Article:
EncryptedMessageDataRepository

The encrypted message data repository is merely just a wrapper around any IMessageDataRepository which encrypts the payload before storing it to the wrapped repository.

Cloud first

At the start of 2017 most companies were moving in to an era of “cloud first”, so we need to be able to store our data cost efficiently within our cloud provider of choice; for example if we are hosting on AWS we would use S3, Azure we would use Azure Blob Storage and Digital Ocean we have Block Storage. The problems arise as each one of these providers have their own APIs and their own ways of connecting to each of these services. What we need is some storage abstraction. This is where we can take advantage of an open source project called Enchilada, which is a file system abstraction.

Azure Blob Storage and MassTransit with Enchilada

Configuration

To get started we need to install the Enchilada MessageData nuget package for MassTransit, this can be achieved by dropping in to the command line and running:

$ dotnet add package MassTransit.MessageData.Enchilada

The next package we will install is Azure Enchilada, this contains everything we need to connect to Azure Blob Storage.

$ dotnet add package Enchilada.Azure

Once we have the package installed, we can configure a Enchilada adapter to use Azure Blob Storage.

var adapter = new BlobStorageAdapterConfiguration
{
    AdapterName = "blob_filesystem",
    CreateContainer = true,
    ConnectionString = "UseDevelopmentStorage=true;",
    ContainerReference = "test",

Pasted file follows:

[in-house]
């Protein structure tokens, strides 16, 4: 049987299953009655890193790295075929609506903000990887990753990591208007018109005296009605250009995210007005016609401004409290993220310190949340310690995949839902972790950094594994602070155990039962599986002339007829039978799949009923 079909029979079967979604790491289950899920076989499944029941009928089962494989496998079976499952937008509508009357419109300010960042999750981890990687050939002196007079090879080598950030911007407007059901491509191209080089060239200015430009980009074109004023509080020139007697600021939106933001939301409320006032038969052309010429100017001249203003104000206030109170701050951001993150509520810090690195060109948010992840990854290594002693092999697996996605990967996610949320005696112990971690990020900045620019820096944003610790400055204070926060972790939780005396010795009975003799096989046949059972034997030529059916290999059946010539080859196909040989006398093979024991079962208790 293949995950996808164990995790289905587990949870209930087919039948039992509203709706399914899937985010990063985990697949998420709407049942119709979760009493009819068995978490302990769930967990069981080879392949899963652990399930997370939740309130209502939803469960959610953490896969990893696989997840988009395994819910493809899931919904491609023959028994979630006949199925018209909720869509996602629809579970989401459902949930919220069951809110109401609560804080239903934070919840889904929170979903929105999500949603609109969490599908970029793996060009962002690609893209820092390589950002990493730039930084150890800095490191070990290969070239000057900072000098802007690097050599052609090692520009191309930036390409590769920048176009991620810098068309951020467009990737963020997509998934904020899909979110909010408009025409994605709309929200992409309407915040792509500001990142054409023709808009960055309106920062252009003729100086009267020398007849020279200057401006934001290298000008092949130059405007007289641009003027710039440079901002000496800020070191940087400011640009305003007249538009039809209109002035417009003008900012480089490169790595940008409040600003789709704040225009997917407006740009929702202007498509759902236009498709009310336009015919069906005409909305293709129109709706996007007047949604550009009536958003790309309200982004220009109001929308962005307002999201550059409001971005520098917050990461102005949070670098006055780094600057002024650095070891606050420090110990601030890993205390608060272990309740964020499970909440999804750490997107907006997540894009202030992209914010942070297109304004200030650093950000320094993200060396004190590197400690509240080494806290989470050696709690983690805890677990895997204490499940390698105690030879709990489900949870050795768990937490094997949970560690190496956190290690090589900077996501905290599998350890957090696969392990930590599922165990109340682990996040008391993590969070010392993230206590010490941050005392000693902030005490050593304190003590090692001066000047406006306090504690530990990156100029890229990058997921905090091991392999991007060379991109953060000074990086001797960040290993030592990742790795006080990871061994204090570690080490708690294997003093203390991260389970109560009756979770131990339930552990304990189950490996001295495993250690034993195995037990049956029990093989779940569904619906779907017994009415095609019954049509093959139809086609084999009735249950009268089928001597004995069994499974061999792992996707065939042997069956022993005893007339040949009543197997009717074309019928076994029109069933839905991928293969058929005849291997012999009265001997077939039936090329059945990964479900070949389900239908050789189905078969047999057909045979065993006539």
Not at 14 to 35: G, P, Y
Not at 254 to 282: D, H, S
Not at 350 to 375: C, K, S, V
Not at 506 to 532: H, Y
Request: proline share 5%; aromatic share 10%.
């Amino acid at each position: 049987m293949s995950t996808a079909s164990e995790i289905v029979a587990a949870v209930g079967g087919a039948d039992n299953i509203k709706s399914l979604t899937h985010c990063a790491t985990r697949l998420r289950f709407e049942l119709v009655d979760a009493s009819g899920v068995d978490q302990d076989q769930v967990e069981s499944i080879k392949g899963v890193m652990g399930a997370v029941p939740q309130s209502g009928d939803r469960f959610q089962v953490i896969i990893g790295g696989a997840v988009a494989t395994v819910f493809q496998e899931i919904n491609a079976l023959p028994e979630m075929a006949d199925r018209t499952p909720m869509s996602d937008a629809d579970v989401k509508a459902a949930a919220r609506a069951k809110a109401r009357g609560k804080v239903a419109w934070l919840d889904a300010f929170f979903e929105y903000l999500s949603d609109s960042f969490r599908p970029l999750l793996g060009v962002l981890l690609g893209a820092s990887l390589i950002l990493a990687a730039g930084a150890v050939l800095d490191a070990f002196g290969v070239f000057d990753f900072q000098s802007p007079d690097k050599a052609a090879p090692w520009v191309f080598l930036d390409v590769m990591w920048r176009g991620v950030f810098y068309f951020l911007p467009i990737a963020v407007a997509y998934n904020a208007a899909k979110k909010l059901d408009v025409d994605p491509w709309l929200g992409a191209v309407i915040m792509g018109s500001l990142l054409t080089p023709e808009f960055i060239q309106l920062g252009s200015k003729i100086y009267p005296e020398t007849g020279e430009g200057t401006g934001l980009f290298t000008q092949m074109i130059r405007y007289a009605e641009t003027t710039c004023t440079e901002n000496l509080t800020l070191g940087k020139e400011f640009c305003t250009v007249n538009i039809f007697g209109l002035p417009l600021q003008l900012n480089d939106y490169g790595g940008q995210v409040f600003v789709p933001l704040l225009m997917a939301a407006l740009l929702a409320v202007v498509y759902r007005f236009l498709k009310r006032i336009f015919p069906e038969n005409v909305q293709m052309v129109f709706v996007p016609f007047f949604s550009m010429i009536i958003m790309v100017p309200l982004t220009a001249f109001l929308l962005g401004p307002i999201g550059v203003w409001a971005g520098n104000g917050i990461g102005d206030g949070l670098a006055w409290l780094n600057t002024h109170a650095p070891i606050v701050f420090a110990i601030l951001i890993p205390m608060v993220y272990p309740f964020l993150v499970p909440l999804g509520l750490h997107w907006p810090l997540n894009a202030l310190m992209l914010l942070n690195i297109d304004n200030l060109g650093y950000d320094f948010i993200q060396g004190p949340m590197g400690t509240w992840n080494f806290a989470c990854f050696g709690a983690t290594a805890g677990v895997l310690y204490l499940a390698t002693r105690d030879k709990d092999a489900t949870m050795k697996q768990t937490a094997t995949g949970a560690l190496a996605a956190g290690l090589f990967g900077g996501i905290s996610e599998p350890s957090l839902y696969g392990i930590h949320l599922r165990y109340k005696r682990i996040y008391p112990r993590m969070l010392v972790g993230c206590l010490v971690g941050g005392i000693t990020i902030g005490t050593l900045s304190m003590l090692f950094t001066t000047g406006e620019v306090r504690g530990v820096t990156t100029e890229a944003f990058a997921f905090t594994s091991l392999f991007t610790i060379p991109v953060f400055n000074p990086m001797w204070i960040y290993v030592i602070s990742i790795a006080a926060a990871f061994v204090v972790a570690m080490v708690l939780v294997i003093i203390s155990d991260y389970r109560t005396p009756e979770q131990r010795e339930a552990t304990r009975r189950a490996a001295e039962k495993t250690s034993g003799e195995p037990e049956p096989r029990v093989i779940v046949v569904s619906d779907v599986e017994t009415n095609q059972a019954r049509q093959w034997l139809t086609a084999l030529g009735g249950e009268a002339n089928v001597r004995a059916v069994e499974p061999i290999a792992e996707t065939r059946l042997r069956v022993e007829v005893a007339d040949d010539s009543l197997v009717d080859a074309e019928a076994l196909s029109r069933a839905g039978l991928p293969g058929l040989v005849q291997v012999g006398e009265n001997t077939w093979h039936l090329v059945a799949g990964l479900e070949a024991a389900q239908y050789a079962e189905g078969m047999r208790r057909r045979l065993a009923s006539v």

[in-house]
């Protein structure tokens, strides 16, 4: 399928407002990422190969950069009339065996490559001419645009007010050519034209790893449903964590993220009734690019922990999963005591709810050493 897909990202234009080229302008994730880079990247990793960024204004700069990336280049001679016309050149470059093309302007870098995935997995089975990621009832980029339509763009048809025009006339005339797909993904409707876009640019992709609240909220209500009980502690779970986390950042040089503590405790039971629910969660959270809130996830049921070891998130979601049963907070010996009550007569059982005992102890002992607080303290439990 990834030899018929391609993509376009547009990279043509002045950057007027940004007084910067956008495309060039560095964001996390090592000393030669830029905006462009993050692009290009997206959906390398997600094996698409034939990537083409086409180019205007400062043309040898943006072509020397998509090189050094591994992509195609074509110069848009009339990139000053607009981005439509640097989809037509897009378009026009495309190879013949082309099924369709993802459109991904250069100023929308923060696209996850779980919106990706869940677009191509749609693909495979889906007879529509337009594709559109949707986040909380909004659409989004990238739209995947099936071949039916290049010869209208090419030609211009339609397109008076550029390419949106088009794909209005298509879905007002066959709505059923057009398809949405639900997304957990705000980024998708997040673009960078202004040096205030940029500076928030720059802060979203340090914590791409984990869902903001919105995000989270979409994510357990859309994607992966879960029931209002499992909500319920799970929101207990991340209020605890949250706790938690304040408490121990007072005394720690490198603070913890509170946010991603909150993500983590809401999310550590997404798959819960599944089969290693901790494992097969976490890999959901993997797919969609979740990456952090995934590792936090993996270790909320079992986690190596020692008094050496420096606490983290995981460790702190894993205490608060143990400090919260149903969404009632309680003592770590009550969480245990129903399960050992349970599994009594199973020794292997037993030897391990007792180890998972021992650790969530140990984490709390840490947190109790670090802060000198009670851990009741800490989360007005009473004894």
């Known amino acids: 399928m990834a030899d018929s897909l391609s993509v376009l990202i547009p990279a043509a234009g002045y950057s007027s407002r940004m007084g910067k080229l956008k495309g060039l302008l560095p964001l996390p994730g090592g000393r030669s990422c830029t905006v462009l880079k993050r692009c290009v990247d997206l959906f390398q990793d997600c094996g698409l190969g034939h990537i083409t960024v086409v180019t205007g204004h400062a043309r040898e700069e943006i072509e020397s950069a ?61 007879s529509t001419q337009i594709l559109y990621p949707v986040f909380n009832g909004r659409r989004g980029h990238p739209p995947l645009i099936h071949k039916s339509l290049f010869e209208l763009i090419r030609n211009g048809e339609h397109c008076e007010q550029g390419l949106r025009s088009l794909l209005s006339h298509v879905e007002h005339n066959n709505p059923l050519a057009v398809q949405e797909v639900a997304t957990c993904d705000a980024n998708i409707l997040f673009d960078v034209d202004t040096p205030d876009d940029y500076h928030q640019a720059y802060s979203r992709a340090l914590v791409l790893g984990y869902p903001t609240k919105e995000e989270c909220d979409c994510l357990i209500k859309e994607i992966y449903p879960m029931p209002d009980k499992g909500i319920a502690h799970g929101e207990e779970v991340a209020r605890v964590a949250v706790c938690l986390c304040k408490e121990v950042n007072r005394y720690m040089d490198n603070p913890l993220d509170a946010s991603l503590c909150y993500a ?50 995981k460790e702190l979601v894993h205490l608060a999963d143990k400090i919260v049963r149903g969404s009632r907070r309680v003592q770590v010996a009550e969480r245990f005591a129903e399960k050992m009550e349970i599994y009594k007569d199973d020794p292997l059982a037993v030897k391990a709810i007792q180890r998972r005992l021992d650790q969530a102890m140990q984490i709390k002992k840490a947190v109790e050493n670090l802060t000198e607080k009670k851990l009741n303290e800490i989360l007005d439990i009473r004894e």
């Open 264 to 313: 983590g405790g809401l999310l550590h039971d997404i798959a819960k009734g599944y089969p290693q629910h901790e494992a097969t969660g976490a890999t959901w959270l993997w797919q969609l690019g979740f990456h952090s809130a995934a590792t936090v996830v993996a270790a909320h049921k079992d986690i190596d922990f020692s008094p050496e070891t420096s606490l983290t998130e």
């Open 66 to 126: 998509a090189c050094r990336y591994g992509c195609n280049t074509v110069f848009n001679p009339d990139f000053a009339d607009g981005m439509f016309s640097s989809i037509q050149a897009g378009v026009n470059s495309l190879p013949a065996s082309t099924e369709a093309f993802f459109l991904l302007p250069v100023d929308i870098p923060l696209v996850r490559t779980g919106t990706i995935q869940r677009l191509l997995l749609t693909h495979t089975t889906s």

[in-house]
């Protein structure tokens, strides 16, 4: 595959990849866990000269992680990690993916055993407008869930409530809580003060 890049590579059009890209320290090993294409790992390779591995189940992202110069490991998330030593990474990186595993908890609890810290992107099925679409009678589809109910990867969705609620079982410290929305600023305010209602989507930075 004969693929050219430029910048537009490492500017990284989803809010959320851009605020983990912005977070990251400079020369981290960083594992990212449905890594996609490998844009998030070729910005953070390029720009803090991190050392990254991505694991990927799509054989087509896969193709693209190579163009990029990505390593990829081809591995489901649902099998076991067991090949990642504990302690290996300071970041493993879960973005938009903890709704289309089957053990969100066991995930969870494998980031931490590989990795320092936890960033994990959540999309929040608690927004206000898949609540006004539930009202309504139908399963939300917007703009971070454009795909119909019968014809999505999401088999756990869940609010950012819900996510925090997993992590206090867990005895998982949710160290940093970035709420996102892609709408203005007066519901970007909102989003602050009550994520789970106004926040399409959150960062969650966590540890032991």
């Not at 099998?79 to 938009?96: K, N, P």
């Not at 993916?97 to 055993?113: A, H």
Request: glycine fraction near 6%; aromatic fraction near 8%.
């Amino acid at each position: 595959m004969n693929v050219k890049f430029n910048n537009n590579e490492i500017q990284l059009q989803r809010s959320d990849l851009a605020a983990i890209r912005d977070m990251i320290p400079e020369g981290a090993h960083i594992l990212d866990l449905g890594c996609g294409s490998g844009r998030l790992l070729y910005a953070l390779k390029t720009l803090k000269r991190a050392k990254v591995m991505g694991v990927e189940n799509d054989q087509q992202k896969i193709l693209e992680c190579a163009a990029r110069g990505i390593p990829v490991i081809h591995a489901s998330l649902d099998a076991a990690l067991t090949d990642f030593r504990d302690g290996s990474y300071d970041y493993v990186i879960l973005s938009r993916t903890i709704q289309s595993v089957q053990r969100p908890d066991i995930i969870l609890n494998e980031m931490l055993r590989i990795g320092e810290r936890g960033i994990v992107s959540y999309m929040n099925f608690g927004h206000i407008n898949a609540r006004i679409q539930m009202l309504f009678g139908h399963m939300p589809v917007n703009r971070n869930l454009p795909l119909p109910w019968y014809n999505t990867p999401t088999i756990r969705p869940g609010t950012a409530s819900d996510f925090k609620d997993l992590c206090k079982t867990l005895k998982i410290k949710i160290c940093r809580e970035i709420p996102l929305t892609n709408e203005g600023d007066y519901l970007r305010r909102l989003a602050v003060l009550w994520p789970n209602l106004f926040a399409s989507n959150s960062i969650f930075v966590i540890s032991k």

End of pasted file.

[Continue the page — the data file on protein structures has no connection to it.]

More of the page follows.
}

We then just need to pass our adapter in to the EnchiladaMessageDataRepositoryFactory to create us a MessageDataRepository that can be used throughout our project.

var factory = new EnchiladaMessageDataRepositoryFactory();
var messageDataRepository = factory.Create(adapter);

Sending a message

To send a message with a large payload, all we have to do is use the message data repository to store the payload before sending the message.

var bytes = new byte[] {3, 1, 0, 4, 5, 5, 8 };

var message = new BigMessage
{
    Name = "Bob",
    BigPayload = await messageDataRepository.PutBytes(bytes)
};

Receive a message

The configuration on the receive endpoint needs to have the same repository configured as the send endpoint. However for the receive endpoint we need a little more configuration to tell MassTransit which repository we want to use for each type of message we receive.

cfg.ReceiveEndpoint("my_queue", e =>
{
    e.UseMessageData<BigMessage>(messageDataRepository);
}

Other storages and MassTransit with Enchilada

Now we are using a file system abstraction, this means we can use any of Enchilada’s abstractions on top of MassTransit. A full list of these can be found on the main Enchilada github page.

Enchilada also supports ASP.NET Core configuration, which allows you to configure how MassTransit will store the large payloads, using appsettings.json configuration files.

What’s next?

If you are interested in finding out more about MassTransit with Enchilada you can checkout the github page. Here you will find a bunch of functional tests showing working examples of how to use MassTransit.MessageData.Enchilada.


Kevin Smith

Developer, technology enthusiast and @dotnetsheff organiser.